Reduced fractional anisotropy in the anterior corpus callosum is associated with reduced speech fluency in persistent developmental stuttering

Oren Civier, Vered Kronfeld-Duenias, Ofer Amir, Ruth Ezrati-Vinacour, Michal Ben-Shachar

Research output: Contribution to journalArticlepeer-review

Abstract

Developmental stuttering is a speech disorder that severely limits one's ability to communicate. White matter anomalies were reported in stuttering, but their functional significance is unclear. We analyzed the relation between white matter properties and speech fluency in adults who stutter (AWS). We used diffusion tensor imaging with tract-based spatial statistics, and examined group differences as well as correlations with behavioral fluency measures. We detected a region in the anterior corpus callosum with significantly lower fractional anisotropy in AWS relative to controls. Within the AWS group, reduced anisotropy in that region is associated with reduced fluency. A statistically significant interaction was found between group and age in two additional regions: the left Rolandic operculum and the left posterior corpus callosum. Our findings suggest that anterior callosal anomaly in stuttering may represent a maladaptive reduction in interhemispheric inhibition, possibly leading to a disadvantageous recruitment of right frontal cortex in speech production.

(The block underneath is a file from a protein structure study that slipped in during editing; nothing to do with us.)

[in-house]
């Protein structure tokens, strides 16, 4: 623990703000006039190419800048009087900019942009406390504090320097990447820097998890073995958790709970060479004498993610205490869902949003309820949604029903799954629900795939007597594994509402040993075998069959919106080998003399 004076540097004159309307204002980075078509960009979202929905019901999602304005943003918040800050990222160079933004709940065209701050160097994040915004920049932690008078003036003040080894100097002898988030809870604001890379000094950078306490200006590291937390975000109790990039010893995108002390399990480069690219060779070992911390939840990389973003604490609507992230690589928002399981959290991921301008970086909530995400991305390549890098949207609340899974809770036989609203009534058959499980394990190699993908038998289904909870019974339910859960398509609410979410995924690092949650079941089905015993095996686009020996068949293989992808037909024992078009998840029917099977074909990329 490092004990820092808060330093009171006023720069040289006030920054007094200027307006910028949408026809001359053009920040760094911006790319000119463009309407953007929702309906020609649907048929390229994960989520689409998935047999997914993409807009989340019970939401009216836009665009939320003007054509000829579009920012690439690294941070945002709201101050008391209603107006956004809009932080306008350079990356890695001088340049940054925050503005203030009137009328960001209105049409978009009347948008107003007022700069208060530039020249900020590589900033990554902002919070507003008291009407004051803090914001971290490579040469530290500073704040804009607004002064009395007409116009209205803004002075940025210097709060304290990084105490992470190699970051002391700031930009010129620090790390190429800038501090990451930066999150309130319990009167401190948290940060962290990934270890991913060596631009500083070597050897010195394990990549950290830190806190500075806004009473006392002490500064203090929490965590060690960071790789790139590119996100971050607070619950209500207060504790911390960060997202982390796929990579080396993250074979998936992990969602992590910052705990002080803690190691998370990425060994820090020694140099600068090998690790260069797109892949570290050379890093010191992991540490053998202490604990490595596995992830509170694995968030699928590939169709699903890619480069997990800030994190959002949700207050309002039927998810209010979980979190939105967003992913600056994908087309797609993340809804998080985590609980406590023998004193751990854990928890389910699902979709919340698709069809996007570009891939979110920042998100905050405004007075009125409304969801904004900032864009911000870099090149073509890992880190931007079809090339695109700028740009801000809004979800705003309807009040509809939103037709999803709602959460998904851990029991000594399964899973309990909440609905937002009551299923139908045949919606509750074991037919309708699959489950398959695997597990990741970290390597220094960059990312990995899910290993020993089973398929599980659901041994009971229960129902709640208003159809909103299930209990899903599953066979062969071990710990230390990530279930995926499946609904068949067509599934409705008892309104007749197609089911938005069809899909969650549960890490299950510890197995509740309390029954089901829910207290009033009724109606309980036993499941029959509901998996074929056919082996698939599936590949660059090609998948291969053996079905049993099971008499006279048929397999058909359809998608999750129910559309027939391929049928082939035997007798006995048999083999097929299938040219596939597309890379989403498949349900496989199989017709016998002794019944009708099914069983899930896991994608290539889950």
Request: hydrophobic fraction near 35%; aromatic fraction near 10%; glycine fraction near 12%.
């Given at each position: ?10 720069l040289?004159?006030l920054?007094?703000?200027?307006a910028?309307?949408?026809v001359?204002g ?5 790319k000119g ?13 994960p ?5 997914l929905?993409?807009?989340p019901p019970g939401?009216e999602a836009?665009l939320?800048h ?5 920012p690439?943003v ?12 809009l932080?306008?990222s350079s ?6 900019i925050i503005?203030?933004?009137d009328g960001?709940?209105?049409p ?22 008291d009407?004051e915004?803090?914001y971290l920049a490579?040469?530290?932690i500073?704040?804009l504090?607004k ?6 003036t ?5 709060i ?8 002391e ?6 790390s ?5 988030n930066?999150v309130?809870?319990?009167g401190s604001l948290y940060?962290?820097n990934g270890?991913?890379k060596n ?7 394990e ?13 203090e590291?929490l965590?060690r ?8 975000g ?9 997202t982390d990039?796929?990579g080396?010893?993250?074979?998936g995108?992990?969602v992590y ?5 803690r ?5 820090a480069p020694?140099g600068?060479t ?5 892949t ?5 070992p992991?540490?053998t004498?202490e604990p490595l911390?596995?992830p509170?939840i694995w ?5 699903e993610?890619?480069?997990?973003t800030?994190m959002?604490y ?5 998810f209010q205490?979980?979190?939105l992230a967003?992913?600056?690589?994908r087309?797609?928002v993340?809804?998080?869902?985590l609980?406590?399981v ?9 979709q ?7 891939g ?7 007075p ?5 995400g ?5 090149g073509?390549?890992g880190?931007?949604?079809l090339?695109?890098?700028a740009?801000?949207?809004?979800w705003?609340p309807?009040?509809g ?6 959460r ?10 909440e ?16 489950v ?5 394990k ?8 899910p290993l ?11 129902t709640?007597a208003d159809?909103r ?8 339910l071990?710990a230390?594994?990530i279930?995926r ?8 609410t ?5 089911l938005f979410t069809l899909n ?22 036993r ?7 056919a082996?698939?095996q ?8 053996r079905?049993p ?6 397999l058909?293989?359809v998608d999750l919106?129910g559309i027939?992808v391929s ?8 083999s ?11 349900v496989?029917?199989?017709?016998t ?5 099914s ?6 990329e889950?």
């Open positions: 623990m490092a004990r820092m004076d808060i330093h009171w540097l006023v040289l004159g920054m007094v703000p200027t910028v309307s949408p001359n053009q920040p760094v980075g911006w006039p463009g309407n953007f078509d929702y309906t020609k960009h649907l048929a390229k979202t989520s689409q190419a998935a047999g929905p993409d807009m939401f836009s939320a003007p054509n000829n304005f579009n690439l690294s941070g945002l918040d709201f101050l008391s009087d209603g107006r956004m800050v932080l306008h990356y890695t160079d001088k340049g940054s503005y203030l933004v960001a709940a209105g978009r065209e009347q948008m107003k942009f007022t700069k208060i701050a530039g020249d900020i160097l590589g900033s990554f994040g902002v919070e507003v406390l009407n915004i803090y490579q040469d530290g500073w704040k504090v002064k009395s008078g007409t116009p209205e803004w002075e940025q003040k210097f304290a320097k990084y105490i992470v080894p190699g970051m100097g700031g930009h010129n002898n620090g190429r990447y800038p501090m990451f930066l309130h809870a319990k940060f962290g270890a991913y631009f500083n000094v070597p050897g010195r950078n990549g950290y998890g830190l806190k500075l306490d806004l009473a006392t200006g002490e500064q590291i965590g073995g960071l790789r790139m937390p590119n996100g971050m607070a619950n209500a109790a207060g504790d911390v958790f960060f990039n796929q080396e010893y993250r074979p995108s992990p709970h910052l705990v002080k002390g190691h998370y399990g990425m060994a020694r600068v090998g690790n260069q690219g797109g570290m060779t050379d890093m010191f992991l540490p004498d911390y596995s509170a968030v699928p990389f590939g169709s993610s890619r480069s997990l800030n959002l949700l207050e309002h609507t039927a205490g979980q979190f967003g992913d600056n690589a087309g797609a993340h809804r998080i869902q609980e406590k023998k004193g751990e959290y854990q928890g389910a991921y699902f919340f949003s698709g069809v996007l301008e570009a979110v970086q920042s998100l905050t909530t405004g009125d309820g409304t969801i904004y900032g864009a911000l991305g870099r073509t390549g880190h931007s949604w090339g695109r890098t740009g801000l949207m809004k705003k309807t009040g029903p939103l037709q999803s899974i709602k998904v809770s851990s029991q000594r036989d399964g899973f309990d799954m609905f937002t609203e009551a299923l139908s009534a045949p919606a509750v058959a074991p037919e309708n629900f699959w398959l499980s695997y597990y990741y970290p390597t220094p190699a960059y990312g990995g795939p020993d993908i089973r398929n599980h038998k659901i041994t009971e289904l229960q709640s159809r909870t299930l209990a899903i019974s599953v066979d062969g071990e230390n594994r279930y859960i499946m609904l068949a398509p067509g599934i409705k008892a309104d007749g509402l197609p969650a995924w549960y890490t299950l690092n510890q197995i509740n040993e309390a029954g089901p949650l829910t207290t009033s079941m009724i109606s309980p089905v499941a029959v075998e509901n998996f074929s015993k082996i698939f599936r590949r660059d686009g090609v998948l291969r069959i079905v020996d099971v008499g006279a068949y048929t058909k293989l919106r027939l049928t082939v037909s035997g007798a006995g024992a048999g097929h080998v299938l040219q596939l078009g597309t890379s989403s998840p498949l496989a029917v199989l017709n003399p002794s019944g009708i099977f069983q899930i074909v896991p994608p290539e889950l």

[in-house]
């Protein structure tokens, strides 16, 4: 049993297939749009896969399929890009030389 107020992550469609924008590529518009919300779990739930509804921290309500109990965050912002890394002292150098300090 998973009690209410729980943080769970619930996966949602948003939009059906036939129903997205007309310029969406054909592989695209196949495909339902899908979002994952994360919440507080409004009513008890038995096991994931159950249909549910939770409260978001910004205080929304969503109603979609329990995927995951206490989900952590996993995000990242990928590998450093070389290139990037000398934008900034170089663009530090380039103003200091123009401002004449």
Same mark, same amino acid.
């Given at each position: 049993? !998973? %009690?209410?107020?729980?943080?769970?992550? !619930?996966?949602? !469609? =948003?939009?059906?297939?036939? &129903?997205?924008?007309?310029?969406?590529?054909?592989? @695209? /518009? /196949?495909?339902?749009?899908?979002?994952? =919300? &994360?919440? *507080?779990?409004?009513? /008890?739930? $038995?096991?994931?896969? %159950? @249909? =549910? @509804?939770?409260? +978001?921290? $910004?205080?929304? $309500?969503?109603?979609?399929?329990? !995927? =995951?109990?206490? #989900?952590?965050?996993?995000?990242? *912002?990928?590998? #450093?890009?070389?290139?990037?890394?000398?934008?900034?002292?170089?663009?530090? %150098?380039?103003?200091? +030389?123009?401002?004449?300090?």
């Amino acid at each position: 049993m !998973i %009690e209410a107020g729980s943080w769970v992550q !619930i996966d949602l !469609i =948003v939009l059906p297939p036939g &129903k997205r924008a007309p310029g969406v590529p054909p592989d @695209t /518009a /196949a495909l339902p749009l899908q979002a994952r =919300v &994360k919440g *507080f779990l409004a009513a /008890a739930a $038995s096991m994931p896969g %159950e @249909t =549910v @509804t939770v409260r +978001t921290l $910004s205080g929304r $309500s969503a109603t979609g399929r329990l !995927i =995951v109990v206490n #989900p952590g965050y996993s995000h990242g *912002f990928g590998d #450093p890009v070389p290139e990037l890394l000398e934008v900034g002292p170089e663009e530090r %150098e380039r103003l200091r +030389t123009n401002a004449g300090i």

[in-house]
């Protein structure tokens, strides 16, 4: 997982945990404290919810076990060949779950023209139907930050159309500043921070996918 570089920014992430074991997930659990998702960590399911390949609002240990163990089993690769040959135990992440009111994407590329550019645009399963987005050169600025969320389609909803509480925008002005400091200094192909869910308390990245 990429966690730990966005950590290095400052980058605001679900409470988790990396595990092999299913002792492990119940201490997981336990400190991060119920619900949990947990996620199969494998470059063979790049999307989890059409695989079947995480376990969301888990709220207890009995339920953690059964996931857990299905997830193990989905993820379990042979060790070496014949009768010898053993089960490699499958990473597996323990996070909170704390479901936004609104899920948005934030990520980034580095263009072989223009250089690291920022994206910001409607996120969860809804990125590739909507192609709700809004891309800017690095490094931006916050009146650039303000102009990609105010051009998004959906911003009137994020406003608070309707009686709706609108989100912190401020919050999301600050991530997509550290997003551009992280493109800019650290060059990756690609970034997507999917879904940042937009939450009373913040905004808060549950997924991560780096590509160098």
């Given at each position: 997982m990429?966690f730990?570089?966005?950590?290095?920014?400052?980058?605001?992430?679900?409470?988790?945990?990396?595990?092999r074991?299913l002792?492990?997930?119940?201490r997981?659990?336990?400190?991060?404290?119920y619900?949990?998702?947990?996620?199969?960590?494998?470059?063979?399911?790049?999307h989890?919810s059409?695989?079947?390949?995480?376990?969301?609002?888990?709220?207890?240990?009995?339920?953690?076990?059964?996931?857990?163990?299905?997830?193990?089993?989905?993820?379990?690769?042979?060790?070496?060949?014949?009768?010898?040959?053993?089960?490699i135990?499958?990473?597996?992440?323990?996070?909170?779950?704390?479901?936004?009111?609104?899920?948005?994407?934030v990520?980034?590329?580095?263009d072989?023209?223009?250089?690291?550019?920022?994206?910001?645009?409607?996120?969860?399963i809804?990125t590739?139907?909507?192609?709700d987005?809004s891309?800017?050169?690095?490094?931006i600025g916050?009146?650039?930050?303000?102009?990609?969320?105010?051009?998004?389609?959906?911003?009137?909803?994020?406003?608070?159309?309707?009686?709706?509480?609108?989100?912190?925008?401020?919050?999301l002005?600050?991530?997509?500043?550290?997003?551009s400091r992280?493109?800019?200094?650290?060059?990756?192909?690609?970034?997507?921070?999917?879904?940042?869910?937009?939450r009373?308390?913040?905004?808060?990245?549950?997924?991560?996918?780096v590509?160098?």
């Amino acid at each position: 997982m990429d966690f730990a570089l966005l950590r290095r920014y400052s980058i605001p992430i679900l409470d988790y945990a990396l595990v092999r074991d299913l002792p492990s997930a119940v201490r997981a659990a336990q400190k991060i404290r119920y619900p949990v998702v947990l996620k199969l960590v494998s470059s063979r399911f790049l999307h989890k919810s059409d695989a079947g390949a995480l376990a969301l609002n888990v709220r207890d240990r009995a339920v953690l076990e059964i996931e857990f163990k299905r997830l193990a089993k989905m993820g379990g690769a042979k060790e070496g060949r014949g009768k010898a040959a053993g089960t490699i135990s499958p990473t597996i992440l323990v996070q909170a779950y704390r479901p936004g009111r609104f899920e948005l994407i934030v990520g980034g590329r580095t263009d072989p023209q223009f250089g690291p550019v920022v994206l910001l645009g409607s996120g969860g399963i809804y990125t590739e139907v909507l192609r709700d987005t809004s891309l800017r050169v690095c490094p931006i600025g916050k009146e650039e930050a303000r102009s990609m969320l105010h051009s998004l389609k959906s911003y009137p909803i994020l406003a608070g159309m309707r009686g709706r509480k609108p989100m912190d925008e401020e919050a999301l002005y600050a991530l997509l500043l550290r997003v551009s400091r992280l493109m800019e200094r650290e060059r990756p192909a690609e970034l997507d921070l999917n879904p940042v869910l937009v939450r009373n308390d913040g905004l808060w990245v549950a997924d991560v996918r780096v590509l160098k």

Original languageEnglish
Pages (from-to)20-31
Number of pages12
JournalBrain and Language
Volume143
DOIs
StatePublished - 2015

Keywords

  • Corpus callosum
  • Diffusion tensor imaging
  • Interhemispheric inhibition
  • Persistent developmental stuttering
  • Plasticity
  • Speech motor control
  • White matter

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